< /ˈaɪ zək; Russian iˈsɑk yɪ mə nuˈyi lə vyɪtʃ/, 1894–1941, Russian author.
- an ancient city in the land of Shinar in which the building of a tower (Tower of Babel) intended to reach heaven was begun and the confusion of the language of the people took place. Gen. 11:4–9.
- (usually lowercase) a confused mixture of sounds or voices.
- (usually lowercase) a scene of noise and confusion.
- Old Testament
- Also called: Tower of Babela tower presumptuously intended to reach from earth to heaven, the building of which was frustrated when Jehovah confused the language of the builders (Genesis 11:1–9)
- the city, probably Babylon, in which this tower was supposedly built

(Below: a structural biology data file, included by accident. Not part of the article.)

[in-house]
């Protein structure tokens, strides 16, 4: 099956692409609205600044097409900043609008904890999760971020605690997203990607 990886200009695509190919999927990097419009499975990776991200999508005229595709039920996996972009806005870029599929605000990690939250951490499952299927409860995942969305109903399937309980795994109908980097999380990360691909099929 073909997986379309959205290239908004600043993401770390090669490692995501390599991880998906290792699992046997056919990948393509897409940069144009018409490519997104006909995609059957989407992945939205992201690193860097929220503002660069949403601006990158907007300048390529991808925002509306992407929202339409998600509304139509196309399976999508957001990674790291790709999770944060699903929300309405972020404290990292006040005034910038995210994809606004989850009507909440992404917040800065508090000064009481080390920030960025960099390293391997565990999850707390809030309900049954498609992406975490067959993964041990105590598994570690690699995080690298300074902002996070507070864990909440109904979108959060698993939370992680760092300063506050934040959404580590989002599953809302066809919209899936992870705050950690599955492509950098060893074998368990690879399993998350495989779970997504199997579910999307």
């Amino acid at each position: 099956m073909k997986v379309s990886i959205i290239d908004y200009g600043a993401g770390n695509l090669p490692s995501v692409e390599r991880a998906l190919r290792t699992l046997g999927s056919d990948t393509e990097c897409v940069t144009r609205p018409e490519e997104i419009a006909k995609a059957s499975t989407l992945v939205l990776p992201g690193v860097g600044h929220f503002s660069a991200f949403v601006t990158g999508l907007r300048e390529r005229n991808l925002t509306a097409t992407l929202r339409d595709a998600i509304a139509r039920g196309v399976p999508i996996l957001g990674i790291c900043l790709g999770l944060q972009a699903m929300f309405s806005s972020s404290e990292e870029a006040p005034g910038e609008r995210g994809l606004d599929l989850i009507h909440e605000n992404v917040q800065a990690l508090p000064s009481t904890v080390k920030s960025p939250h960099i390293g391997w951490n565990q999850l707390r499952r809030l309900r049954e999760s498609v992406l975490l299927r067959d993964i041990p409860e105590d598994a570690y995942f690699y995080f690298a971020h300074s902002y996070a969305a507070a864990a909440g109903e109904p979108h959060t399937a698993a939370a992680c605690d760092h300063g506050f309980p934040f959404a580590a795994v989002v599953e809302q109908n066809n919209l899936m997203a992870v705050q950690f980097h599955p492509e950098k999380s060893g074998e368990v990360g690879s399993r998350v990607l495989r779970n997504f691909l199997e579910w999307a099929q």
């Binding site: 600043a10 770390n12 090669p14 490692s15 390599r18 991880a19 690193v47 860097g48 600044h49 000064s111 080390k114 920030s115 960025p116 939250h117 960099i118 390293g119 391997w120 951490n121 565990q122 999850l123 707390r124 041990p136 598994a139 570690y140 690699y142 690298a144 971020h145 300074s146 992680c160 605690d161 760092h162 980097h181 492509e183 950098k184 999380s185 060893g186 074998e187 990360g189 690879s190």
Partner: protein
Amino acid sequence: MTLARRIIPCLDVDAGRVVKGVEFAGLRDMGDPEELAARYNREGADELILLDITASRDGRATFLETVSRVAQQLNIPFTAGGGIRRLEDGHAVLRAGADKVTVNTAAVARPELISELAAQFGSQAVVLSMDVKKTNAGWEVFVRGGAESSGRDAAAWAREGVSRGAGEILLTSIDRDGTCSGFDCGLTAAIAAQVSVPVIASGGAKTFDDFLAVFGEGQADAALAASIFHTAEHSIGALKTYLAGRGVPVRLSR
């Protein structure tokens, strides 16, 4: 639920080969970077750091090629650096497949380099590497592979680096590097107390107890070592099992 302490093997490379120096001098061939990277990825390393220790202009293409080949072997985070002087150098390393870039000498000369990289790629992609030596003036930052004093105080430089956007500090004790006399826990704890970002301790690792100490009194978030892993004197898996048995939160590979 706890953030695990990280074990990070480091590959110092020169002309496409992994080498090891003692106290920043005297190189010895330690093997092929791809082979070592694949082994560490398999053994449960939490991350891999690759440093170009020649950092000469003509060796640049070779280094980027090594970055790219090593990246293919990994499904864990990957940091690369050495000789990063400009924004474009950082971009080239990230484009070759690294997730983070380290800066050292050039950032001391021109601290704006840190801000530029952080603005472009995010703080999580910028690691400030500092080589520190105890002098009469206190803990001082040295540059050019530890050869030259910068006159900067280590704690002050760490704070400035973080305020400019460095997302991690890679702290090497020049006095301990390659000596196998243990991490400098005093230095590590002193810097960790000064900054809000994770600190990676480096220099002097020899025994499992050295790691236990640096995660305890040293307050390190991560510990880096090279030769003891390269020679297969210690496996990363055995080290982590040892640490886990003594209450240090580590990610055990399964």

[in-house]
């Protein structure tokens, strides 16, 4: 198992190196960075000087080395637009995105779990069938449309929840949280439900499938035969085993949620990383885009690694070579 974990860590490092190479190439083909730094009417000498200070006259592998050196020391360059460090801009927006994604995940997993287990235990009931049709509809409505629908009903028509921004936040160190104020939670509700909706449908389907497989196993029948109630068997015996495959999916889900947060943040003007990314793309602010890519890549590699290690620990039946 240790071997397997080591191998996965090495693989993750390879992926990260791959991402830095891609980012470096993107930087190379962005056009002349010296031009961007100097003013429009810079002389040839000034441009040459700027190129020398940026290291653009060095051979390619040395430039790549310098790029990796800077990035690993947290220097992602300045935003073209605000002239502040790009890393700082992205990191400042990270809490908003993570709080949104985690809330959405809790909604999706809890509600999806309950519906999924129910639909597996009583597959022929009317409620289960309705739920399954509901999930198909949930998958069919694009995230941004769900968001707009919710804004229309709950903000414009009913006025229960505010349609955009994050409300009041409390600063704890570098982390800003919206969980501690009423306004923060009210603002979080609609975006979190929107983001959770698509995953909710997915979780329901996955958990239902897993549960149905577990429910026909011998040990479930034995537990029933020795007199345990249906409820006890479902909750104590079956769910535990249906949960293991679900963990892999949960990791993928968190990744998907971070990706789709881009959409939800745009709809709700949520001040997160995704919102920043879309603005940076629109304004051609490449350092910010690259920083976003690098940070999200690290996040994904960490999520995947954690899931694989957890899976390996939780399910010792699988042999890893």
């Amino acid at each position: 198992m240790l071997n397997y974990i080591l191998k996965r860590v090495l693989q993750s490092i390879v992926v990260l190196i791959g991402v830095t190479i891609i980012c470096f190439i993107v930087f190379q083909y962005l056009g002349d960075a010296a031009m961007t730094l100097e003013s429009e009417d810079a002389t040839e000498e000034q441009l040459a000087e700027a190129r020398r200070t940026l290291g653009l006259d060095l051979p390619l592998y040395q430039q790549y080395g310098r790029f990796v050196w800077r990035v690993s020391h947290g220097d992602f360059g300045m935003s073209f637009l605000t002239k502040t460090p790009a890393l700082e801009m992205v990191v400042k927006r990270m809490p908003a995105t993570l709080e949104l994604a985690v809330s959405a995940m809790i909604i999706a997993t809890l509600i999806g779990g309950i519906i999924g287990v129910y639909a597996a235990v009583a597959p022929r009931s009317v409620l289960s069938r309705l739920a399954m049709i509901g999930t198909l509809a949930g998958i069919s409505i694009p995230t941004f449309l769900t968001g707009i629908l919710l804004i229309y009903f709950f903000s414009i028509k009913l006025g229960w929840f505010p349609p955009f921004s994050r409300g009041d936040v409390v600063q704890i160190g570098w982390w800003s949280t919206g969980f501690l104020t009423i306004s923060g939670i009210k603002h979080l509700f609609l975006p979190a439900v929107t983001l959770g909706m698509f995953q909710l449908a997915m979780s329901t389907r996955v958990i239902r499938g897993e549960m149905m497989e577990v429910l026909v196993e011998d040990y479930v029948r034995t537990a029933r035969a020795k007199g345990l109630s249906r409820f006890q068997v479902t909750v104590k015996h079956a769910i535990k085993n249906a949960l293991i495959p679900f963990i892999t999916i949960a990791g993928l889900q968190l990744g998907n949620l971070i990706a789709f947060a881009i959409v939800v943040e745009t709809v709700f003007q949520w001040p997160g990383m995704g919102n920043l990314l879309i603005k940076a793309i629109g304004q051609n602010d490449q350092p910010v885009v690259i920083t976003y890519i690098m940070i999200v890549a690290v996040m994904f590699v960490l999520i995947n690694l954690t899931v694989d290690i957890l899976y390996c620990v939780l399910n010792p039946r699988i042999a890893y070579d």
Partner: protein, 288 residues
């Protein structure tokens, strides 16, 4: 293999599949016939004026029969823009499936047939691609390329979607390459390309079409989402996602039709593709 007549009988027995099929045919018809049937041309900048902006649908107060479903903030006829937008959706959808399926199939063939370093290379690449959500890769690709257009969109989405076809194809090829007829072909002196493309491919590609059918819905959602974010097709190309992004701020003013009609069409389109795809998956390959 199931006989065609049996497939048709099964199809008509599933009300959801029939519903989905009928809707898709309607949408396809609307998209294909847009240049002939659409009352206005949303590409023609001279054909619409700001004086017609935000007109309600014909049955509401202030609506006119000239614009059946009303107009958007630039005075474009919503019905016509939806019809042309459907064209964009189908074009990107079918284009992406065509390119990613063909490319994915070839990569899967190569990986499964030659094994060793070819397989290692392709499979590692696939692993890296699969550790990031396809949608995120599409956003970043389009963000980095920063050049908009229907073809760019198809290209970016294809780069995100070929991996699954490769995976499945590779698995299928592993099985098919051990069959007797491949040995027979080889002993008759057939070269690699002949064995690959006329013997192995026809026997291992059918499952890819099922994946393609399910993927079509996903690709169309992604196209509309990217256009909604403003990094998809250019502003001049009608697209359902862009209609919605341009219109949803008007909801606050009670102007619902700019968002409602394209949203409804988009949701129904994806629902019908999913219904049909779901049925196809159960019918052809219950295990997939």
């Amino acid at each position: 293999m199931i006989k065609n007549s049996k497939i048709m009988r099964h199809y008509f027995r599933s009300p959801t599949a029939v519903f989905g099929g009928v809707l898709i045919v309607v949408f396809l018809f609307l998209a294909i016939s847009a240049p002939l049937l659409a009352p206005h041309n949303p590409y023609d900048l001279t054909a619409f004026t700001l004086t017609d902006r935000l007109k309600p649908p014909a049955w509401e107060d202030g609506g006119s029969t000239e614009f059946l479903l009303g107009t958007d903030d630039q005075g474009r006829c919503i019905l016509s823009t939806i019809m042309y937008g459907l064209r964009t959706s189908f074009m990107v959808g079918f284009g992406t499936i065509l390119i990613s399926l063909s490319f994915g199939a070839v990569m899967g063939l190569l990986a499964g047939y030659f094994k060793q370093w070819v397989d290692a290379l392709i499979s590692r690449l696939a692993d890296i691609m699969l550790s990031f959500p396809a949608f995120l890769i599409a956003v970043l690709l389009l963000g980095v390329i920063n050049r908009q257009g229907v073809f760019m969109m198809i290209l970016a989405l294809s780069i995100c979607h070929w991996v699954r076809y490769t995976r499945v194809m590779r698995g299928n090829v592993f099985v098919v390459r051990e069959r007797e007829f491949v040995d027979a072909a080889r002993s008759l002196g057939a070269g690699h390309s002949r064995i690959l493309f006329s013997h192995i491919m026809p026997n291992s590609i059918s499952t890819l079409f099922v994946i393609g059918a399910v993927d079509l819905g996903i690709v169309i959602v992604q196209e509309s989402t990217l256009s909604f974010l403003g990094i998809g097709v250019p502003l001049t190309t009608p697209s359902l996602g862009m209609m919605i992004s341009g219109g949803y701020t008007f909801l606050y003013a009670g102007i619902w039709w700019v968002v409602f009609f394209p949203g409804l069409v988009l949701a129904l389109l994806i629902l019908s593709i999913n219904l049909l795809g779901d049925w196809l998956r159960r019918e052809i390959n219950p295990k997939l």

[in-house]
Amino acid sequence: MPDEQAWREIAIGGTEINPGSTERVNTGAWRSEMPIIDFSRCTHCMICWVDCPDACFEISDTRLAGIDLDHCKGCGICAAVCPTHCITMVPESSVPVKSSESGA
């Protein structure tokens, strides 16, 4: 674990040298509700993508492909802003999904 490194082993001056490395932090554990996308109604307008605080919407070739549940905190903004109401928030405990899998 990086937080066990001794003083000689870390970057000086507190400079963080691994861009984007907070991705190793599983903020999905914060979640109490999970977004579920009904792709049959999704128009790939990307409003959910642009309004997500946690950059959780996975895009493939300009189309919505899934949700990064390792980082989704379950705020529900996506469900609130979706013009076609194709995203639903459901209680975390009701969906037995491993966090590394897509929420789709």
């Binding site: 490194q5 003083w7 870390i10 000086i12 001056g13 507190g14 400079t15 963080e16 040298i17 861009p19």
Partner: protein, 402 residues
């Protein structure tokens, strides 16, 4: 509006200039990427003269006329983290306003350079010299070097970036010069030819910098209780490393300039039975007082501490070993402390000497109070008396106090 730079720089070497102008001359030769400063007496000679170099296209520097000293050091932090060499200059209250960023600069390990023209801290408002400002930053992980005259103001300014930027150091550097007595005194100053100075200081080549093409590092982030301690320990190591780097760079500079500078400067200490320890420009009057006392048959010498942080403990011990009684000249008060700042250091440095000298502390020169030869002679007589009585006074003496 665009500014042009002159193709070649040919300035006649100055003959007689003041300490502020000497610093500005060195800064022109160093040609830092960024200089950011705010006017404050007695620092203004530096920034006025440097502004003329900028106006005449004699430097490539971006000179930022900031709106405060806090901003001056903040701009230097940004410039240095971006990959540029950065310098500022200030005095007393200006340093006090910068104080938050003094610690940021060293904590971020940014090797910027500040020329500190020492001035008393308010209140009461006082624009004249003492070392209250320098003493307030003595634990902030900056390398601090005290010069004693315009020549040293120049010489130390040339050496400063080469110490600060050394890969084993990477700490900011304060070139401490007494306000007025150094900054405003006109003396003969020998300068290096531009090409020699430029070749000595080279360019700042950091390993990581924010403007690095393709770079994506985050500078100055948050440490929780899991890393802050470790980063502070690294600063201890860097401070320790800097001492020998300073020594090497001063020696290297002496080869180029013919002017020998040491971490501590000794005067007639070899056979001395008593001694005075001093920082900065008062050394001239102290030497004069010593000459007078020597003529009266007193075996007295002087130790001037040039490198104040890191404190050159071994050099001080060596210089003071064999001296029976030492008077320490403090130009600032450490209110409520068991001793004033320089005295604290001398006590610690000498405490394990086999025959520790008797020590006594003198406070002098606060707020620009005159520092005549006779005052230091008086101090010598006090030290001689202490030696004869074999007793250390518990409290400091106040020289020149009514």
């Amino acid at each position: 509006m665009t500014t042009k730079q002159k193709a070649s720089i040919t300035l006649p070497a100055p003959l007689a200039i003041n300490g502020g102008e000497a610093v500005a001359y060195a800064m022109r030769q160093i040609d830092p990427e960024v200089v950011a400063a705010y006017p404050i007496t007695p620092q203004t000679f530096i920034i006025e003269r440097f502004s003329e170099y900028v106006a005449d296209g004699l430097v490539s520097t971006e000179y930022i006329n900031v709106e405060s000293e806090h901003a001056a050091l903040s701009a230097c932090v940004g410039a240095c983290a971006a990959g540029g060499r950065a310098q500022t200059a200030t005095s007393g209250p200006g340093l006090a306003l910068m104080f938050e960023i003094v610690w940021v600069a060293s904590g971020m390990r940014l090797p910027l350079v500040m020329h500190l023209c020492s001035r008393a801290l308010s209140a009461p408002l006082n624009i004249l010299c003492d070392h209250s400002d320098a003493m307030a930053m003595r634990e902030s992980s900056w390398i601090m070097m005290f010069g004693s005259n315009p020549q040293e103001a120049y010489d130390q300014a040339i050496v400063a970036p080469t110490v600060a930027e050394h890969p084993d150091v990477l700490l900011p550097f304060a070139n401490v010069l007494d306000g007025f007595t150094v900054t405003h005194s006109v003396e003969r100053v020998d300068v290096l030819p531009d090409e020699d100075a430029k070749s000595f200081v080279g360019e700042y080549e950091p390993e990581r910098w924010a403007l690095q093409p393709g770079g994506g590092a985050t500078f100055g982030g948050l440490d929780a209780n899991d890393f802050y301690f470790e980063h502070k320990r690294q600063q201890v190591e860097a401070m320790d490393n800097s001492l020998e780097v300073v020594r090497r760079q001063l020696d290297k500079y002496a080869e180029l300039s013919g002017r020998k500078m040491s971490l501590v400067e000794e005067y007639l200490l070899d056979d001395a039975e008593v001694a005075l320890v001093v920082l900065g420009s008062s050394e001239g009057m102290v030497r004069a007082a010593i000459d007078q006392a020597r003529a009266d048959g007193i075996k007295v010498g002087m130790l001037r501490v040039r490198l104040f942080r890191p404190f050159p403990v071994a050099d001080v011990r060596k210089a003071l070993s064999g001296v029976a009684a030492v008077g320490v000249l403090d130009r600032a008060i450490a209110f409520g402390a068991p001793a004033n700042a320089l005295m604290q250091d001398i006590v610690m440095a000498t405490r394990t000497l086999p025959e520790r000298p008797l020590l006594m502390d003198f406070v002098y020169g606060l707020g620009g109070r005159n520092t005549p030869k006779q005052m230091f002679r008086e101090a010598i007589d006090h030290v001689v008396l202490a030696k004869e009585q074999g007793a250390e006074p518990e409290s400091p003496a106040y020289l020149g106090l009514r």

- (often not capital)
- a confusion of noises or voices
- a scene of noise and confusion
- Issak Emmanuilovich (iˈsak imənuˈiləvitʃ) 1894–1941, Russian short-story writer, whose works include Stories from Odessa (1924) and Red Cavalry (1926)
capital of Babylon, late 14c., from Hebrew Babhel (Gen. xi), from Akkadian bab-ilu “Gate of God” (from bab “gate” + ilu “god”). The name is a translation of Sumerian Ka-dingir. Meaning “confused medley of sounds” (1520s) is from the biblical story of the Tower of Babel.